Friday, March 20, 2015

Faithful Practice is not perfect

Place - Western New York, in a small post-industrial city continuing to effort of reinventing itself. There are many small towns an cities like this along the northeast.

But this is my town.

My family and I have lived and worked in this community for over 20 years now. Personally, I've served in three different church denominations during that time here. I don't think it's even possible to count the number of people I've had the honor to get to know over that time, but as my children will tell you it's impossible for me to get groceries without seeing at least five people that I know.

But this is not really my story, this is God's story.

Over the last twenty years, there are two practices that I feel have been God's gift to me:
Creativity and relationships.

As suggested before, relationships happen when you are in one place long enough. However authentic relationships require compassion, listening, persistence and grace. For relationships to move beyond surface water cooler talk, there needs to be something/someone deeply running a current of care and love that remains unseen but is always felt. Martin Buber, a well-known philosopher said, “When two people relate to each other authentically and humanly, God is the electricity that surges between them.” (Goodreads, Burber)

This is the feeling and space of knowing the other person as well as being known is what I refer to when I speak about building authentic relationships. This is a gift from God that is part of the story of this place I call home.

My second choice of gift from God for this place is creativity. As you can imagine, the theological shift of serving three different denominations over the last twenty years has been challenging. That is correct, but it is important to remember that while my position or perspective on God and the calling of where I serve may have shifted - God remains God. What is twenty years from God's perspective? A blink - a breath?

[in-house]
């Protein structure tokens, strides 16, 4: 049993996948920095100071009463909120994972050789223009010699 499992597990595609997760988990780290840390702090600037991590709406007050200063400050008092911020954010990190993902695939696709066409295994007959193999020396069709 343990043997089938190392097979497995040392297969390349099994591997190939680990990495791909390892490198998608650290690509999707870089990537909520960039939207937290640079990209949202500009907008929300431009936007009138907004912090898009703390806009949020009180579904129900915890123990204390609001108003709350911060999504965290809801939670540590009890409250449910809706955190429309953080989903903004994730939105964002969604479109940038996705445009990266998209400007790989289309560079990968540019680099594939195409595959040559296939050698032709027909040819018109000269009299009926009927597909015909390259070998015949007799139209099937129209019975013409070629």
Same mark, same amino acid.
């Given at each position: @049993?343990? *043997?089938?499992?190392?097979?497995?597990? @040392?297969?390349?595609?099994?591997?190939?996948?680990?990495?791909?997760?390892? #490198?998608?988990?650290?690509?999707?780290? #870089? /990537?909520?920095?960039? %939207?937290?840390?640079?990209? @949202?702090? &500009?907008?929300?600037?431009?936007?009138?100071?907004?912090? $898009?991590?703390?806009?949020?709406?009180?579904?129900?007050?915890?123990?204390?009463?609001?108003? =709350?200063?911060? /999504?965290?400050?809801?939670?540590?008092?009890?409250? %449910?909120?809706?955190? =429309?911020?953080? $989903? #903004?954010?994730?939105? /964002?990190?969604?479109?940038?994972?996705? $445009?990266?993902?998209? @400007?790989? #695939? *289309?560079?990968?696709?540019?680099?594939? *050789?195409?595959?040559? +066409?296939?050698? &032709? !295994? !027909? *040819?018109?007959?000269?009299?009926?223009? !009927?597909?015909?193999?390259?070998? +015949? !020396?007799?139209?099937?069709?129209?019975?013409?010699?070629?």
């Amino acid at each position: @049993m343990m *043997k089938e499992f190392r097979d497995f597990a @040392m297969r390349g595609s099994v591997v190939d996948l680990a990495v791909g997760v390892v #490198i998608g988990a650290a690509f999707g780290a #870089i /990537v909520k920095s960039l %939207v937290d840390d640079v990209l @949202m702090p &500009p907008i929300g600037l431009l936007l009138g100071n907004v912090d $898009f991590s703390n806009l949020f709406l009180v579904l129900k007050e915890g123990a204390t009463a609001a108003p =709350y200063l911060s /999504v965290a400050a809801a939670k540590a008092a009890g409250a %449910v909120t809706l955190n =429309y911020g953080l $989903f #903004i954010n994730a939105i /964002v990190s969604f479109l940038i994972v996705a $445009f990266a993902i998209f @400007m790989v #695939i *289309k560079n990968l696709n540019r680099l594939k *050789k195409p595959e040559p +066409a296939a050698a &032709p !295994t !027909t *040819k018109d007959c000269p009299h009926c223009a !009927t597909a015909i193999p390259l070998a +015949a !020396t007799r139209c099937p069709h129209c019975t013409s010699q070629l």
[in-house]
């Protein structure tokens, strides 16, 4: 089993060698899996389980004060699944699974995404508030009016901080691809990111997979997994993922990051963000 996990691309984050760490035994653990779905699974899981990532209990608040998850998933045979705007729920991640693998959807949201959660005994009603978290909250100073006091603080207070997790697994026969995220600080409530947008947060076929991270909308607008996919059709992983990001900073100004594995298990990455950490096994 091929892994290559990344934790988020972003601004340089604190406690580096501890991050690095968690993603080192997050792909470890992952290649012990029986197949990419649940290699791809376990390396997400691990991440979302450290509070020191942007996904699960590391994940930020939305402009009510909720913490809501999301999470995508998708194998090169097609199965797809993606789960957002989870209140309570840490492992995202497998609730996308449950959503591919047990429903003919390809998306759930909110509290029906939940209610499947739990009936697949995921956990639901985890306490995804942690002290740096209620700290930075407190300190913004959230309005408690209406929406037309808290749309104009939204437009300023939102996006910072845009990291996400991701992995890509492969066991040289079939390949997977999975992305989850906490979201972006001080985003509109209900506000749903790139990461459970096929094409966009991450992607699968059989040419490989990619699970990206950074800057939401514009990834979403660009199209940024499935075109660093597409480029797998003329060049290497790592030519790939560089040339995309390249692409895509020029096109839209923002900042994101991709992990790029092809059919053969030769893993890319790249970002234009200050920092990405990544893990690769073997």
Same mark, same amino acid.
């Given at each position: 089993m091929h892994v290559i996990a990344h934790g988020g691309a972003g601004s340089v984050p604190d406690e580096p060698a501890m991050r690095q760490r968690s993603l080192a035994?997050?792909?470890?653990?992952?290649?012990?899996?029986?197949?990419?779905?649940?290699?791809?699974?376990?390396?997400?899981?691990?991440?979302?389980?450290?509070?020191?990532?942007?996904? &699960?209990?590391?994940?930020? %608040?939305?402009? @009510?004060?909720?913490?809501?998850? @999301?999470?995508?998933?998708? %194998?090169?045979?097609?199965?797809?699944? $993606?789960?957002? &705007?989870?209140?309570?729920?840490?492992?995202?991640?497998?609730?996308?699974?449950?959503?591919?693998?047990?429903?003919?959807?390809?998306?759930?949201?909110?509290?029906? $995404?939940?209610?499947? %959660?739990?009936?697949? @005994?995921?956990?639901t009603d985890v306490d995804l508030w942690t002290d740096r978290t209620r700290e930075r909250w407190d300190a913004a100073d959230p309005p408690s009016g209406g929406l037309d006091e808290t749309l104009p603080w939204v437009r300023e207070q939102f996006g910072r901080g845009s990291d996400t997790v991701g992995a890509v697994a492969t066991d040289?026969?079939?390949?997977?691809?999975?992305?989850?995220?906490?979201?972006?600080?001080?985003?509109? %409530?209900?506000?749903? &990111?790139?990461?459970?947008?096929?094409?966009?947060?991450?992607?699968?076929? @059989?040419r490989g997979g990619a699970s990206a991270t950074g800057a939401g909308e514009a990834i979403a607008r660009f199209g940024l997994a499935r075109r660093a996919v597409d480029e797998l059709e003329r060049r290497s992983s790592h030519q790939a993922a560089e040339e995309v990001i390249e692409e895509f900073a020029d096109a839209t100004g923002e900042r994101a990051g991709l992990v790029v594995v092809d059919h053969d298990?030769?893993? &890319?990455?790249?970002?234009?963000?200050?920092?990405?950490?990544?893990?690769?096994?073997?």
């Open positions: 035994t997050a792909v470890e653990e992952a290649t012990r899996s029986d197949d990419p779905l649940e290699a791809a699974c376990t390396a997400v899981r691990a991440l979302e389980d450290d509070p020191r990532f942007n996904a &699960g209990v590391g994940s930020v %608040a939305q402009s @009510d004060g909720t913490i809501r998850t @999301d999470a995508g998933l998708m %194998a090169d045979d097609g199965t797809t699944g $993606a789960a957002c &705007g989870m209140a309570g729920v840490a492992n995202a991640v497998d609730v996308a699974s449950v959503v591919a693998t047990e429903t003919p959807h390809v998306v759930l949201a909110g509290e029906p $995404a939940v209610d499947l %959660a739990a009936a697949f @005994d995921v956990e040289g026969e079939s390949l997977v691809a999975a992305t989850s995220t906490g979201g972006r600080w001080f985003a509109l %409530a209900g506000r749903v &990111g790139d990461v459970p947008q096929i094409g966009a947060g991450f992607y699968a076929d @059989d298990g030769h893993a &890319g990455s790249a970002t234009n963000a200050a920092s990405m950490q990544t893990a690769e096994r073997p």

Time is our reality. Days, week, month, years and down to the second - we are structured in time. But time is not what we really struggle with. Our real struggle is treating each day as a new beginning and seeing each moment for what is possible instead of as we always have seen it. 

Each day is new - if we are open and creative enough to see it.

Over the last two years these gifts of creativity and relationship have been at work in my own faith community. We are becoming intentional in trying to re-vision this familiar place into seeing it as it really is - new every morning. Our creativity has led us to paint community murals, re-open an old parsonage for coffee and conversation every Friday, and now are holding a once a month community open mic and food night. These efforts are small, but if I think back just one year none of these relational and creative gifts were a reality - yet.

This makes me ponder, if these are the changes we've seen in a few years of thinking and living from this relational and creative position... what is possible today, what is possible tomorrow?

We are thankful for these gifts from God and are excited to see what will be on our next horizon. We are a community of Lutheran Christians that lean into the grace and forgiveness of God so that we are freed to serve our neighbor. Our practice is relational and creative, but we are not perfect. 

But then again faithful practice is not perfect - it's practice.


(First Lutheran Church of Jamestown is located at 120 Chander Street, Jamestown NY. You can also visit our church outreach page here at First House - True Mission.)


Tim Irwin said...

Thanks for the wonderful article, Tara. I grew up in Erie, PA and I'm now living in the Pacific Northwest in a suburb of Portland, OR. I remember going to Church of God youth camp on the shores of Lake Chautauqua near Jamestown. Now I'm trying to figure out parish ministry and faithful presence (or even practice) in a suburban setting. Your article gave me food for thought. Thanks to Paul Sparks for sharing it.

Tara Lamont said...

Tim Irwin - Thank you for reading and the encouragement to keep on keeping on. So glad we have the connections established because of Parish Collective's efforts!